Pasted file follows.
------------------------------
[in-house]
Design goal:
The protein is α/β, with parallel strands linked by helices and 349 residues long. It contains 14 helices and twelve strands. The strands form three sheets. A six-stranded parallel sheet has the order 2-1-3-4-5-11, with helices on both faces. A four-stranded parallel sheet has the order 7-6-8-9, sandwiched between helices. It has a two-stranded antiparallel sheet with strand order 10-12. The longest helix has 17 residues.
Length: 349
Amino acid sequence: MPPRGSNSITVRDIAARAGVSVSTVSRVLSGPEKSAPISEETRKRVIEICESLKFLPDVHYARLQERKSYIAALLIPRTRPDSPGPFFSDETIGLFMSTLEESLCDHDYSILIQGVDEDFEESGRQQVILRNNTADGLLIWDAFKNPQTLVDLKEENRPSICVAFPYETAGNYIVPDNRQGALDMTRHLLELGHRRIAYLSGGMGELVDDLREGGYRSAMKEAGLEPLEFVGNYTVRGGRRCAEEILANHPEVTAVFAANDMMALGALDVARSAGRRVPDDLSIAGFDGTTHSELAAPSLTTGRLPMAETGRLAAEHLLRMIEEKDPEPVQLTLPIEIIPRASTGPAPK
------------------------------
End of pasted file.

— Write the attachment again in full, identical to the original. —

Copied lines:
[in-house]
Design goal:
The protein is α/β, with parallel strands linked by helices and 349 residues long. It contains 14 helices and twelve strands. The strands form three sheets. A six-stranded parallel sheet has the order 2-1-3-4-5-11, with helices on both faces. A four-stranded parallel sheet has the order 7-6-8-9, sandwiched between helices. It has a two-stranded antiparallel sheet with strand order 10-12. The longest helix has 17 residues.
Length: 349
Amino acid sequence: MPPRGSNSITVRDIAARAGVSVSTVSRVLSGPEKSAPISEETRKRVIEICESLKFLPDVHYARLQERKSYIAALLIPRTRPDSPGPFFSDETIGLFMSTLEESLCDHDYSILIQGVDEDFEESGRQQVILRNNTADGLLIWDAFKNPQTLVDLKEENRPSICVAFPYETAGNYIVPDNRQGALDMTRHLLELGHRRIAYLSGGMGELVDDLREGGYRSAMKEAGLEPLEFVGNYTVRGGRRCAEEILANHPEVTAVFAANDMMALGALDVARSAGRRVPDDLSIAGFDGTTHSELAAPSLTTGRLPMAETGRLAAEHLLRMIEEKDPEPVQLTLPIEIIPRASTGPAPK